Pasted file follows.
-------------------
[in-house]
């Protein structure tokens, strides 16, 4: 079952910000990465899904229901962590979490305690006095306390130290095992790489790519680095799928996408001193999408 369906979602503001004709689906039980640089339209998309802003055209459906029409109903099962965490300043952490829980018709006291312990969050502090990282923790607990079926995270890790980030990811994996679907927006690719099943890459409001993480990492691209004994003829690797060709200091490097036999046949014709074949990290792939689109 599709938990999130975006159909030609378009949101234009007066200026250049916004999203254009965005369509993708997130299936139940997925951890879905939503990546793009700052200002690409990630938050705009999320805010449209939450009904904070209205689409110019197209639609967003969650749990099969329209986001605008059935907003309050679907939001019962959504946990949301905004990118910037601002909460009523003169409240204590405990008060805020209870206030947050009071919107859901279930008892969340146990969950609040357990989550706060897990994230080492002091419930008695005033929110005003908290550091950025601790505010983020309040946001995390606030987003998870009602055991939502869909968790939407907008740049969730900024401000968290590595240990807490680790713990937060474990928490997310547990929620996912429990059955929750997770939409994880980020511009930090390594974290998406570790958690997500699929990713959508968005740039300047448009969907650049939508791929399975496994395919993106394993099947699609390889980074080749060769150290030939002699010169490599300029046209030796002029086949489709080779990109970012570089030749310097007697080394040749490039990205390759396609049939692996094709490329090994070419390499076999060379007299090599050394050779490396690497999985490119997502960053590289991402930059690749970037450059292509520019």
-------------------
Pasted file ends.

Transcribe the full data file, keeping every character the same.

[in-house]
């Protein structure tokens, strides 16, 4: 079952910000990465899904229901962590979490305690006095306390130290095992790489790519680095799928996408001193999408 369906979602503001004709689906039980640089339209998309802003055209459906029409109903099962965490300043952490829980018709006291312990969050502090990282923790607990079926995270890790980030990811994996679907927006690719099943890459409001993480990492691209004994003829690797060709200091490097036999046949014709074949990290792939689109 599709938990999130975006159909030609378009949101234009007066200026250049916004999203254009965005369509993708997130299936139940997925951890879905939503990546793009700052200002690409990630938050705009999320805010449209939450009904904070209205689409110019197209639609967003969650749990099969329209986001605008059935907003309050679907939001019962959504946990949301905004990118910037601002909460009523003169409240204590405990008060805020209870206030947050009071919107859901279930008892969340146990969950609040357990989550706060897990994230080492002091419930008695005033929110005003908290550091950025601790505010983020309040946001995390606030987003998870009602055991939502869909968790939407907008740049969730900024401000968290590595240990807490680790713990937060474990928490997310547990929620996912429990059955929750997770939409994880980020511009930090390594974290998406570790958690997500699929990713959508968005740039300047448009969907650049939508791929399975496994395919993106394993099947699609390889980074080749060769150290030939002699010169490599300029046209030796002029086949489709080779990109970012570089030749310097007697080394040749490039990205390759396609049939692996094709490329090994070419390499076999060379007299090599050394050779490396690497999985490119997502960053590289991402930059690749970037450059292509520019």